March 12, 2007
OAKLAND, Calif., March 12, 2007On March 9th, a federal appeals court in the District of Columbia overturned the 31-year old ban on keeping handguns in homes in the nations capital city, ruling that the ban is unconstitutional. The panel from the U.S. Court of Appeals for the D.C. Circuit became the nation's first federal appeals court to overturn a gun-control law by declaring that the Second Amendment grants a person the right to possess firearms.
The Founders true intent of the Second Amendment is vindicated by the U.S. Court of Appeals in Parker v. D.C. (2007), said constitutional legal scholar Stephen Halbrook, Research Fellow at the Independent Institute. Rejecting the perverse collective rights view that this Bill of Rights guarantee protects governmental units rather than persons, the Court squarely holds that law-abiding individuals have the right to keep and bear arms, and thus that DC's ban on possession of handguns even in the home is unconstitutional. Halbrook, who has written extensively about the second amendment, is the author of the Independent Institutes forthcoming book, The Founders Second Amendment, which is being published by Stanford University Press.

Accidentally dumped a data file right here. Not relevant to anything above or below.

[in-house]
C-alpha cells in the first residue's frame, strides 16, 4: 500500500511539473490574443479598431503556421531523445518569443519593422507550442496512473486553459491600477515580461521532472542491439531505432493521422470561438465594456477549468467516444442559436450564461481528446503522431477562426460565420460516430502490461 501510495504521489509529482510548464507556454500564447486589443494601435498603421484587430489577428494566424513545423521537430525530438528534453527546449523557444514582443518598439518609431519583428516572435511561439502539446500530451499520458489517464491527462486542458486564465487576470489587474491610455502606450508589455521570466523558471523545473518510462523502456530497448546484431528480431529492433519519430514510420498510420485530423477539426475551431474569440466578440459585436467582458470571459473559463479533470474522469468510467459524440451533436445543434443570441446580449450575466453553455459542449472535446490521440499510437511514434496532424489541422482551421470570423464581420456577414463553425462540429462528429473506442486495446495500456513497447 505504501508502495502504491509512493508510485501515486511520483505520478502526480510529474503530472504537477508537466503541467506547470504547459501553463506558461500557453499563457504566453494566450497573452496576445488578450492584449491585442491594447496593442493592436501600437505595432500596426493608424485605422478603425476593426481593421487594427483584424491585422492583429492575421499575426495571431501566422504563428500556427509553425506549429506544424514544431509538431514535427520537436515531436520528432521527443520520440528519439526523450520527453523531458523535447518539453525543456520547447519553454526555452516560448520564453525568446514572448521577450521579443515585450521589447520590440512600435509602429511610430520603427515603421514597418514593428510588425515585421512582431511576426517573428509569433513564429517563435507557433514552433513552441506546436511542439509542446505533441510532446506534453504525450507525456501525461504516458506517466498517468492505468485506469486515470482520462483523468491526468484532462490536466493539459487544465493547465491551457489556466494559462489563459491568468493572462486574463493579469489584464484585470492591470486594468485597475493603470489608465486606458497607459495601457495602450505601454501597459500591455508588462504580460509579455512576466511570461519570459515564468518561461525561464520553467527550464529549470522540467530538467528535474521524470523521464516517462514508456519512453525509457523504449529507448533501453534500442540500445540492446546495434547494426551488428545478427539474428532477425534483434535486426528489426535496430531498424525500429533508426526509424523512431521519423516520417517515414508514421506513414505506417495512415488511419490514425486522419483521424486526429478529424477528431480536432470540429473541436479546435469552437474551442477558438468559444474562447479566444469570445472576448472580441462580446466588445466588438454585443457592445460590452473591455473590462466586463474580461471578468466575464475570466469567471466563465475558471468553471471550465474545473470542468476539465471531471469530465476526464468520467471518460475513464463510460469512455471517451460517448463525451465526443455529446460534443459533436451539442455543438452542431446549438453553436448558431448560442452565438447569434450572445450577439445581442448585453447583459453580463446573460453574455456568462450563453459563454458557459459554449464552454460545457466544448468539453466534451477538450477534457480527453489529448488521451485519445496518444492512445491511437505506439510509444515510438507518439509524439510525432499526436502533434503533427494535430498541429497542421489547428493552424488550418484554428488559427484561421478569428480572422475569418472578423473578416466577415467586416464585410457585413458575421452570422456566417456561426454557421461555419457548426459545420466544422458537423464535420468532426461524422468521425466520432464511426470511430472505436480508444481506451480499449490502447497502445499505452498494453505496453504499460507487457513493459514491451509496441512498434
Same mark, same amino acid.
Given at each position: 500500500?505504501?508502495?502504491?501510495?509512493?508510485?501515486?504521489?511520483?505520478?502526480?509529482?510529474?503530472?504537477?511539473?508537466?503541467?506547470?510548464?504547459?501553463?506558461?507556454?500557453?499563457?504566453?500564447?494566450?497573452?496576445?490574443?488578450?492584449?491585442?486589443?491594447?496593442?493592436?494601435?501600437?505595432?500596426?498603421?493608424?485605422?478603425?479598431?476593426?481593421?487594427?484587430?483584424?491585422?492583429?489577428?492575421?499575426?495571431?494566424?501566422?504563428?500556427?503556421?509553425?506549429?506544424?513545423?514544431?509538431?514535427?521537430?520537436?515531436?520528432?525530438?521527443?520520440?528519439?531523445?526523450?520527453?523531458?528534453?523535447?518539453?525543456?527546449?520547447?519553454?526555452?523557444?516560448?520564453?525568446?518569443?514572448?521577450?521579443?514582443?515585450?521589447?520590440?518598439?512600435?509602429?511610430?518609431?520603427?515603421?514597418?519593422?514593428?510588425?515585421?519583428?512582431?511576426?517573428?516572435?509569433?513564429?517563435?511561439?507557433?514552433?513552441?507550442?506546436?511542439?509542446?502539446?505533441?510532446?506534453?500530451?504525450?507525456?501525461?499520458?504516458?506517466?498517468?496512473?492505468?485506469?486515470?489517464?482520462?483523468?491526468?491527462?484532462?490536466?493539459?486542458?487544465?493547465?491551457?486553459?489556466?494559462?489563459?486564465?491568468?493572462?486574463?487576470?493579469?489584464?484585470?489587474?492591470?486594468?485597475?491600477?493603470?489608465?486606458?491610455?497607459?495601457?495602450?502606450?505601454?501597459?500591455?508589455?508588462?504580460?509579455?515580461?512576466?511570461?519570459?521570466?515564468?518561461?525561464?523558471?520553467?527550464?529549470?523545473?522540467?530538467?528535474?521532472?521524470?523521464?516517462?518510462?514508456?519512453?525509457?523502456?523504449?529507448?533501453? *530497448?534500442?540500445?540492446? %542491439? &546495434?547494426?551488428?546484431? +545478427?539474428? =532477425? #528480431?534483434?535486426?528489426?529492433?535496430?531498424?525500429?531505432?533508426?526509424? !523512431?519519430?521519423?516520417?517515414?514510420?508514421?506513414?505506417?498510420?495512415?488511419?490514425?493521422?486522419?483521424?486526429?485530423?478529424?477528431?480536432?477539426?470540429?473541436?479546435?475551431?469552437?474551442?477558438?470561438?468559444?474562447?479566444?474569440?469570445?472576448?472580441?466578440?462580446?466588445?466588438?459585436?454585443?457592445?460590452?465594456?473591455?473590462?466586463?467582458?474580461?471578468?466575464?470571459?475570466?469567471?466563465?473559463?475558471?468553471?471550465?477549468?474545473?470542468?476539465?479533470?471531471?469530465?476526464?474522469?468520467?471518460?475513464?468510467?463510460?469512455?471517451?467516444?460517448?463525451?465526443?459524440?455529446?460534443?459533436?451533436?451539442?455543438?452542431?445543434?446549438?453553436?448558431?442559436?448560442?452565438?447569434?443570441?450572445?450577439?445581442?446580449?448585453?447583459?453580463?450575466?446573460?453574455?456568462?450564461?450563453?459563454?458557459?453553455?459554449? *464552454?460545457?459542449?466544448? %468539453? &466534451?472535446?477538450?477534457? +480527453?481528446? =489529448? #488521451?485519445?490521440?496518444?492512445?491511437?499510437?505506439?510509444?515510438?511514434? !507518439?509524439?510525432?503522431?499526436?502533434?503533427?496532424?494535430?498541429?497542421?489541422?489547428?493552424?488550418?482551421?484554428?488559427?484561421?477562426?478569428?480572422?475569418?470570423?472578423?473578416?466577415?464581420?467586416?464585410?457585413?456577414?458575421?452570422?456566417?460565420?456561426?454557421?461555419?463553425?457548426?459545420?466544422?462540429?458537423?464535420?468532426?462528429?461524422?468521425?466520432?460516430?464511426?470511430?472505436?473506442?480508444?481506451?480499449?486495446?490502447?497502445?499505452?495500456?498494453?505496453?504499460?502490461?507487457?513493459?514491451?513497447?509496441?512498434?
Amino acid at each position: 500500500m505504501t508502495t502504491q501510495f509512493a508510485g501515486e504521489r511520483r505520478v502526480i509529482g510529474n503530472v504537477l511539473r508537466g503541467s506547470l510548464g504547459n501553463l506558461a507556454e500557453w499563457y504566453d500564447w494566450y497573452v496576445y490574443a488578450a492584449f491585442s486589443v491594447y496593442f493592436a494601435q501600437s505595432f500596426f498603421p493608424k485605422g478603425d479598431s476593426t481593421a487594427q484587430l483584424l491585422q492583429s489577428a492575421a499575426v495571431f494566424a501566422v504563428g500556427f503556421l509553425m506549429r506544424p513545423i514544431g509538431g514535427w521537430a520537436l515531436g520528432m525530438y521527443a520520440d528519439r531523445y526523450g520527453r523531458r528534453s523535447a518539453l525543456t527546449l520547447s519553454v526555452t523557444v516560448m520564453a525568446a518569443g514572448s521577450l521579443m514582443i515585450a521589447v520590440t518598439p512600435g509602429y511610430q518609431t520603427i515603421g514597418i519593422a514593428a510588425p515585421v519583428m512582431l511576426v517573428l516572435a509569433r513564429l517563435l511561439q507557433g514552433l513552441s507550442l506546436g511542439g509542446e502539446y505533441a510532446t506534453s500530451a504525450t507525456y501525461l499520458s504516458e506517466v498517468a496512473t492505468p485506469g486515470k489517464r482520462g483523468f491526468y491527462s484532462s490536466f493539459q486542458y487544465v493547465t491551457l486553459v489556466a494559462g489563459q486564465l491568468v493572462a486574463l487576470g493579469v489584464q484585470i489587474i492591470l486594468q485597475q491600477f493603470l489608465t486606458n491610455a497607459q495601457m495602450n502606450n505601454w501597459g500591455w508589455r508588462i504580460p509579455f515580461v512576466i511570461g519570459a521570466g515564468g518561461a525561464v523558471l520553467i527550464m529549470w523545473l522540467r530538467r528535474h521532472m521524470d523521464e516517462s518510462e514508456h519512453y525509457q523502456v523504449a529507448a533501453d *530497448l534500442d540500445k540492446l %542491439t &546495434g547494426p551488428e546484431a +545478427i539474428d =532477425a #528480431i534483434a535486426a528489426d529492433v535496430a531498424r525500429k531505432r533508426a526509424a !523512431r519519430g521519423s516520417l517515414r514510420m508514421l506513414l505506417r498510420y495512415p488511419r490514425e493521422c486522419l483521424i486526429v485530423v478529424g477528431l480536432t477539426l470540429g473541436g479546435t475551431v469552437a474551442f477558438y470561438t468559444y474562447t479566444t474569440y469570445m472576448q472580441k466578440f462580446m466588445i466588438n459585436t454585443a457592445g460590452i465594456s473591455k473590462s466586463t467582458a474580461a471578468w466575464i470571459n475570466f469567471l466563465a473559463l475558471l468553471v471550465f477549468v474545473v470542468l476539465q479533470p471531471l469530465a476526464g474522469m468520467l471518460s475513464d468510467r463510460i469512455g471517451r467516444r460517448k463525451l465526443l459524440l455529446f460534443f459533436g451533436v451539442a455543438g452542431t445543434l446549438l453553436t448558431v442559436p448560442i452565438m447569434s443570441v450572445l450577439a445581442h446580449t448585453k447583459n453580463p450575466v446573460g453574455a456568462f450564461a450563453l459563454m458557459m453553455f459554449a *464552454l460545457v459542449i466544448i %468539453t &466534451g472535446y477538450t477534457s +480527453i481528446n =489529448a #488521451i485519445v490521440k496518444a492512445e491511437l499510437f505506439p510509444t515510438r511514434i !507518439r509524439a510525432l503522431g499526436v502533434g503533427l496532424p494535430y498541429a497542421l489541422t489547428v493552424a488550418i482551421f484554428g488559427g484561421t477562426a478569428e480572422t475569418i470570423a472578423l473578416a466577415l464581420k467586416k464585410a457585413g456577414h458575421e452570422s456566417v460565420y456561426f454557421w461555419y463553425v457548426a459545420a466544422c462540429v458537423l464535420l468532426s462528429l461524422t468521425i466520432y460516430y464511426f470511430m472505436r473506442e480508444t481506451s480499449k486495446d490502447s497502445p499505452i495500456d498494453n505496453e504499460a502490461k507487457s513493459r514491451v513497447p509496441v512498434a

Based on the Second Amendment of the U.S. Constitution, this ground-breaking ruling overturns one of the longest running and most restrictive gun bans in the U.S., said David Theroux, President of the Independent Institute. Washington, D.C., has led the nation with the highest murder rate for most every year of this ban's existence. The federal court's decision upholding the individual's right to self-defense should be applauded by all those who care about the civil liberty protections of the Bill of Rights.
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